Be this his praise from all his faithful ones,
from the children of Israel, the people close to him.
Alleluia.

R. Heaven and earth are full of your glory.
or:
R. Alleluia.

Gospel: Jn 16:12-15

Jesus said to his disciples:

“I have much more to tell you, but you cannot bear it now. But when he comes, the Spirit of truth, he will guide you to all truth. He will not speak on his own, but he will speak what he hears, and will declare to you the things that are coming. He will glorify me, because he will take from what is mine and declare it to you. Everything that the Father has is mine; for this reason I told you that he will take from what is mine and declare it to you.”


SAINT JUSTIN
Justin, the son of Priscus, was a Greek by race, and was born at Nablus in Palestine. He passed his youth in the study of letters. When he grew to manhood he was so taken with the love of philosophy and the desire of truth, that he became a student of philosphy and examined the teaching of all the philosophers. He found in them only deceitful wisdom and error. He received the light of heaven from a venerable old man, who was a stranger to him, and embraced the philosophy of the true Christian faith. Henceforth he had the books of Holy Scripture in his hands by day and night, and his soul was filled with the divine fire enkindled by his meditations. Having thus acquired the excellent knowledge of Jesus Christ, he devoted his learning to the composition of many books explaining and propagating the Christian faith.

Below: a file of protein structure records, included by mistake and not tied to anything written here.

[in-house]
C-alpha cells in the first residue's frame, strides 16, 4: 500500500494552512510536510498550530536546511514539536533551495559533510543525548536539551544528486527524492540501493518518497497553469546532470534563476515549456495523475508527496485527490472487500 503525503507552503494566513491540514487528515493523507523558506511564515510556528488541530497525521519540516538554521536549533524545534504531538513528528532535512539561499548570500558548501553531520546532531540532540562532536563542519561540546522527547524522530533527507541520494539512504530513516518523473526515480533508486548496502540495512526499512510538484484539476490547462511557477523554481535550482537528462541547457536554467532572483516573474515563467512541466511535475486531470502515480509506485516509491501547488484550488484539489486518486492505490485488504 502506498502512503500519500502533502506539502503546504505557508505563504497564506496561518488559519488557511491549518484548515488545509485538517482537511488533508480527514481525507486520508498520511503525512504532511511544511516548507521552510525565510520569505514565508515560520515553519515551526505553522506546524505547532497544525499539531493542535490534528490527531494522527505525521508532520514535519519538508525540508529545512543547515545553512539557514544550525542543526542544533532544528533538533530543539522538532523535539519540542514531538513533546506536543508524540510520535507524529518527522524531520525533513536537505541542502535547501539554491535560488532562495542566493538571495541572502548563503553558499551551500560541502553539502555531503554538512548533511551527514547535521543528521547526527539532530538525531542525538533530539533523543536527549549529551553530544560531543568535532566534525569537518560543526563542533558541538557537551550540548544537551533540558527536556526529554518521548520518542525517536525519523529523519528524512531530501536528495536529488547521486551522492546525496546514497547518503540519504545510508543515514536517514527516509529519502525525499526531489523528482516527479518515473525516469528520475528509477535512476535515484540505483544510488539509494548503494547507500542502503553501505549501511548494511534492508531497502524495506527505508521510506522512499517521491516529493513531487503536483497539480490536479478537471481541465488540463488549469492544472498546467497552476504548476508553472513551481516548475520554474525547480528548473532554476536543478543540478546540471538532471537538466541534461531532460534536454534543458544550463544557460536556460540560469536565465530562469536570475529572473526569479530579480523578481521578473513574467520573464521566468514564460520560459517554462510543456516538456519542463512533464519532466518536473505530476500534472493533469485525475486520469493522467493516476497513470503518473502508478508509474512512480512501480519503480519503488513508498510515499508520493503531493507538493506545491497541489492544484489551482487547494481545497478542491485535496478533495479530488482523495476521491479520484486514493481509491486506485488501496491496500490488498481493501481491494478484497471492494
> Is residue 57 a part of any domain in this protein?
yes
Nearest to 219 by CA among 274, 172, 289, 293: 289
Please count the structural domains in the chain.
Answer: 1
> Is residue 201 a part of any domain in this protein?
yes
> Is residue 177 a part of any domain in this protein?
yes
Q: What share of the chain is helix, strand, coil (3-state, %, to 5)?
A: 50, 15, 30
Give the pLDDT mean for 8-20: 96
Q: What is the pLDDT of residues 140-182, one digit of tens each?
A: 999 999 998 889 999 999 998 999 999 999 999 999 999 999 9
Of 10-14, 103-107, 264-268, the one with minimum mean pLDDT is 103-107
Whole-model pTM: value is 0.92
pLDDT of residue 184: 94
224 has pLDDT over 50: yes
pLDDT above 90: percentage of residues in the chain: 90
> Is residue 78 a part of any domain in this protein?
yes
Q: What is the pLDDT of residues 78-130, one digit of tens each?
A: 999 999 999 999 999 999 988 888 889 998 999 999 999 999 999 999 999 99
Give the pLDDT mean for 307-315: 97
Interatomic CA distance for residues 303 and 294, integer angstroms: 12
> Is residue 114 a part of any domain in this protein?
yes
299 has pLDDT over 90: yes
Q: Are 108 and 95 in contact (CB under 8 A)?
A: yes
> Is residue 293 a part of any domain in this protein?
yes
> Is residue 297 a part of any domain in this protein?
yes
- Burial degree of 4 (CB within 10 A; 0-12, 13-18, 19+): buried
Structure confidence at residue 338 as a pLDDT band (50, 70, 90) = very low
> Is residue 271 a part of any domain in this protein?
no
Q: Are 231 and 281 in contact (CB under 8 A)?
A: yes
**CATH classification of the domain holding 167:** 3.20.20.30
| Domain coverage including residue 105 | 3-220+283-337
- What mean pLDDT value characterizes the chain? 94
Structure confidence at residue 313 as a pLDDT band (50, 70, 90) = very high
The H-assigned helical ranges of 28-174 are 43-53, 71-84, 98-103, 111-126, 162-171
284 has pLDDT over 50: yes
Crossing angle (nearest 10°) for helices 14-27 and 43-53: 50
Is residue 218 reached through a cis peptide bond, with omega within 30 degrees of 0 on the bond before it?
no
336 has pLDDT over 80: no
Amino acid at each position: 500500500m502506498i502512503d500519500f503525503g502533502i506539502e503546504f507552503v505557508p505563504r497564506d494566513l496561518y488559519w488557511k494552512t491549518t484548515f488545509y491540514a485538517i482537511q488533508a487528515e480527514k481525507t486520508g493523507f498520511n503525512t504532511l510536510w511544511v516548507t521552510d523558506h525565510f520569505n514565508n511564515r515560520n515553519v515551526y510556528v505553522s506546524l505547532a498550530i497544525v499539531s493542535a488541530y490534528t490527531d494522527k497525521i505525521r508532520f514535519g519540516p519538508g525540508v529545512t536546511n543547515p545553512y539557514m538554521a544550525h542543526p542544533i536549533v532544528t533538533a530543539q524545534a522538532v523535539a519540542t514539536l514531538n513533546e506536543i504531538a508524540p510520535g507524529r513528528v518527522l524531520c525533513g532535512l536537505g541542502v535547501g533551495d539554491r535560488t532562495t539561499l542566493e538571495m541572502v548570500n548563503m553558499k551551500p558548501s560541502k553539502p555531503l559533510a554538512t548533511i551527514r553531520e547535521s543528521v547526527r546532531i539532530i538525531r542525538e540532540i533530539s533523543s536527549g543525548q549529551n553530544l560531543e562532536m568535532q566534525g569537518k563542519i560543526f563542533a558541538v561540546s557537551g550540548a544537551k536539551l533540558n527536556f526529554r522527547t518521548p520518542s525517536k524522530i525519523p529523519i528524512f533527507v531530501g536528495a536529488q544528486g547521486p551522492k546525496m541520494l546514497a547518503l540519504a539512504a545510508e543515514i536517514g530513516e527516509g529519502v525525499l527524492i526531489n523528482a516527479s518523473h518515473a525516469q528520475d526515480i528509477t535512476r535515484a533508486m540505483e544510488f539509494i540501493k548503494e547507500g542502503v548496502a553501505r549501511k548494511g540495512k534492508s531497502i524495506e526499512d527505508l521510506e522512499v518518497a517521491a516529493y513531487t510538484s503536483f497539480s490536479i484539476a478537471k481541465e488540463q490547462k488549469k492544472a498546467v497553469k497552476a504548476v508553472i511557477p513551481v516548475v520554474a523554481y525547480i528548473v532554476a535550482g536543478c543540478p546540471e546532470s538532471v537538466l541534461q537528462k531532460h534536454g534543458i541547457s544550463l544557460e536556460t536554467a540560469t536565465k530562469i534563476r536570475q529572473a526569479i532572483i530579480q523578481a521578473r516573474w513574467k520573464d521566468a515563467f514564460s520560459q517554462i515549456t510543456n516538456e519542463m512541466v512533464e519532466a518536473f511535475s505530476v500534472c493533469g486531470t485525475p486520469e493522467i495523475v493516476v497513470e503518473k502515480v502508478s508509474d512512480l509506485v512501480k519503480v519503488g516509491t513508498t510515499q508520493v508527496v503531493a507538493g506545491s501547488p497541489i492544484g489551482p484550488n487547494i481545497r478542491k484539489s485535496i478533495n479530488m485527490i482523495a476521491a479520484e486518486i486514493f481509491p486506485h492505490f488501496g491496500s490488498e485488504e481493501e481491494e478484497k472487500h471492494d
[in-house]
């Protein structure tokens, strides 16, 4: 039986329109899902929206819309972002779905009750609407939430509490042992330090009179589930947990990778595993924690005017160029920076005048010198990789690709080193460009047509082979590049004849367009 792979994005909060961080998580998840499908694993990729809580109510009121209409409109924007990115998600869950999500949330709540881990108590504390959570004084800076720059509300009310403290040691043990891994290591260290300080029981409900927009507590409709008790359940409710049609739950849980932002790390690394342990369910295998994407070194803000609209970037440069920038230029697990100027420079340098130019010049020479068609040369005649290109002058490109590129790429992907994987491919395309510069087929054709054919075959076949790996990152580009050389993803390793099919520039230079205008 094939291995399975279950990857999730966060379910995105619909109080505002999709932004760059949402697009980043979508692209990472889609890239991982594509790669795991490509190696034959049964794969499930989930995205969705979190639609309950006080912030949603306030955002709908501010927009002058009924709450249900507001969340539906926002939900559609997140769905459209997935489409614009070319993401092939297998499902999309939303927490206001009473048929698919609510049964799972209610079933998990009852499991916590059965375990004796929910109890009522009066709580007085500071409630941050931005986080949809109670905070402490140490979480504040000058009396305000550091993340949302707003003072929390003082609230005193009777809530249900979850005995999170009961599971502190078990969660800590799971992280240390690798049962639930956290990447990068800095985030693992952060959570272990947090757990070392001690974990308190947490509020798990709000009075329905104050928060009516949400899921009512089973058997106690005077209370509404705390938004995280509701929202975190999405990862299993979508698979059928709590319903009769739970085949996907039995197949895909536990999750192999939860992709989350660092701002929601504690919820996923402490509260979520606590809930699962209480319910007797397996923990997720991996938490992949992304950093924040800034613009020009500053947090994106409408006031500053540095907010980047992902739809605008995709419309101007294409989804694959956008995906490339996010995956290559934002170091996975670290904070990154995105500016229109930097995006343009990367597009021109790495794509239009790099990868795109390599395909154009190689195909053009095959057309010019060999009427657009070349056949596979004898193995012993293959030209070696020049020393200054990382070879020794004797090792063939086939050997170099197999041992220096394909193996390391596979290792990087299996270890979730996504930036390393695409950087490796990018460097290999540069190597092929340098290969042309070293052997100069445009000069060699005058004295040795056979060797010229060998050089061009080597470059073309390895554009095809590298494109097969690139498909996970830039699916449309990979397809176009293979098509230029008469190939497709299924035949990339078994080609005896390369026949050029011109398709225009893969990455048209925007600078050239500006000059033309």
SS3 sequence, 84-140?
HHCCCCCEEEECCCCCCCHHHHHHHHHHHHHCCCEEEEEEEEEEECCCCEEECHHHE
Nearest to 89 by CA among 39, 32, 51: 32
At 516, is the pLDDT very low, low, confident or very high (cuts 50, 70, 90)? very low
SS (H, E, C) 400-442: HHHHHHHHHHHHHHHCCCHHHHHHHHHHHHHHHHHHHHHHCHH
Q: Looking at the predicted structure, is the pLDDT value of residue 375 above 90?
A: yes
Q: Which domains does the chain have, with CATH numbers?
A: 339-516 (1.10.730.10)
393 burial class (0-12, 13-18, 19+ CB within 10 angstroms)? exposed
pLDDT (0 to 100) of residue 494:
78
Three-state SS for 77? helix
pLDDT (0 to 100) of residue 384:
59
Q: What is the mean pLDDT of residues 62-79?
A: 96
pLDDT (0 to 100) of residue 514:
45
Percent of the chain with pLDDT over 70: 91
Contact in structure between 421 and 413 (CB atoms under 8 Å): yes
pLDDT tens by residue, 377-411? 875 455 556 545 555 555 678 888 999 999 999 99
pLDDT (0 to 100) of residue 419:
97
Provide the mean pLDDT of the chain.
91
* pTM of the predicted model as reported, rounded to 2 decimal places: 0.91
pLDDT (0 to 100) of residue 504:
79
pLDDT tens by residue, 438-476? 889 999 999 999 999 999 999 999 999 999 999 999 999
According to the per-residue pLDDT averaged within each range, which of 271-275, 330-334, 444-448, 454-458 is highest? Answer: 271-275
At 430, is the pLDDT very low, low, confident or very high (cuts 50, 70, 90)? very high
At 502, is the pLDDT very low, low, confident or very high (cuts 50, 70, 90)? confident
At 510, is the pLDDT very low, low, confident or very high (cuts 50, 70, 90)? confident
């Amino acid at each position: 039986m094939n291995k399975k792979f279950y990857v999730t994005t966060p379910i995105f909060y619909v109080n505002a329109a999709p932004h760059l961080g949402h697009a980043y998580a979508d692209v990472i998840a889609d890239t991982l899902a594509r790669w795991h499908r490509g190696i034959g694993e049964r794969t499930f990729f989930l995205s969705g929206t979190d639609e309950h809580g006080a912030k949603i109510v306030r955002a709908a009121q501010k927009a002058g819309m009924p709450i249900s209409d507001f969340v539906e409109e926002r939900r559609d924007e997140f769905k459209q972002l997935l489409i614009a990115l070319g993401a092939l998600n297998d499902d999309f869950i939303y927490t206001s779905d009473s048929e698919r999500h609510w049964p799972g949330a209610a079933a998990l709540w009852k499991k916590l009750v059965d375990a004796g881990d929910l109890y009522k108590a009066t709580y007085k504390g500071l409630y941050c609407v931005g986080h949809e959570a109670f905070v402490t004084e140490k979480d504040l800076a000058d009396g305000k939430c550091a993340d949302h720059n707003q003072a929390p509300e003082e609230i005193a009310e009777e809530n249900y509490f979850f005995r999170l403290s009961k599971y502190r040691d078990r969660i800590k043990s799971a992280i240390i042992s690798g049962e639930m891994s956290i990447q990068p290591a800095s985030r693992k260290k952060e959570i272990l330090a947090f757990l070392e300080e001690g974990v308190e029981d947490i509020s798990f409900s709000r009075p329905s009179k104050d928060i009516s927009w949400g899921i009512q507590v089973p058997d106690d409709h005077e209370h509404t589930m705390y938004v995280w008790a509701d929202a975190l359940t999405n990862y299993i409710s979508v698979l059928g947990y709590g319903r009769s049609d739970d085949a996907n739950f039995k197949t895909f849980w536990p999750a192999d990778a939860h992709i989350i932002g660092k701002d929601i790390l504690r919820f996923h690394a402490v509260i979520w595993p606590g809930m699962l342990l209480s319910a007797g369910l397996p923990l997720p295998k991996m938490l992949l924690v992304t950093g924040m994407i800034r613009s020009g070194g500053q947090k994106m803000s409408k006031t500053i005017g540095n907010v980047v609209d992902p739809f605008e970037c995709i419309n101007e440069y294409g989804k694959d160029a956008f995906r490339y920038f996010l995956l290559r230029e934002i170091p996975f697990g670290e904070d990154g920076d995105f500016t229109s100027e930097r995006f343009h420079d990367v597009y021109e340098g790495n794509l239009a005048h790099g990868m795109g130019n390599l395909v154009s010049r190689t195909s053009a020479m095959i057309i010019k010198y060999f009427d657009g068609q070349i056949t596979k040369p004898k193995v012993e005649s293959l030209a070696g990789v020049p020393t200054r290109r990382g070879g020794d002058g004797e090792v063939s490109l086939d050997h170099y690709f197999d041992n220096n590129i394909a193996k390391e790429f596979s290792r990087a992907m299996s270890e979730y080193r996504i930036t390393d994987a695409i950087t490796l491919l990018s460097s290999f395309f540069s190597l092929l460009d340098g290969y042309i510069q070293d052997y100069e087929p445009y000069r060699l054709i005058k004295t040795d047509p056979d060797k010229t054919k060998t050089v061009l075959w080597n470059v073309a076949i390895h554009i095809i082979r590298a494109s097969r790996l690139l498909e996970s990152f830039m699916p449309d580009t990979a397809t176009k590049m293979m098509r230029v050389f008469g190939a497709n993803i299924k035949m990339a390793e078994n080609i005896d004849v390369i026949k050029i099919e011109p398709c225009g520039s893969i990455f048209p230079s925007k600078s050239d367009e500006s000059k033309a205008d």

Among the most famous of the works of Justin are his two Apologies or Defenses of the Christian faith. These he offered in the Senate to the Emperor Antoninus Pius and his sons, together with Marcus Antoninus Verus and Lucius Aurelius Commodus, who were cruelly persecuting the followers of Christ. By these Apologies and his vigorous disputations in defense of the faith he obtained a public edict from the government to stay the slaughter of the Christians. But Justin himself did not escape. He had blamed the wicked life led by Crescens the Cynic, who caused him to be accused and arrested. He was brought before Rusticus, the Prefect of Rome, and questioned concerning the doctrine of the Christians. Whereupon he made this good confession in the presence of many witnesses: “The right doctrine which we Christian men do keep with godliness is this: that we believe that there is one God, the maker and creator of all things, both those which are seen and those which bodily eyes do not see; and that we confess the Lord Jesus Christ, the Son of God, who was of old foretold by the Prophets, and who is to come to judge all mankind.”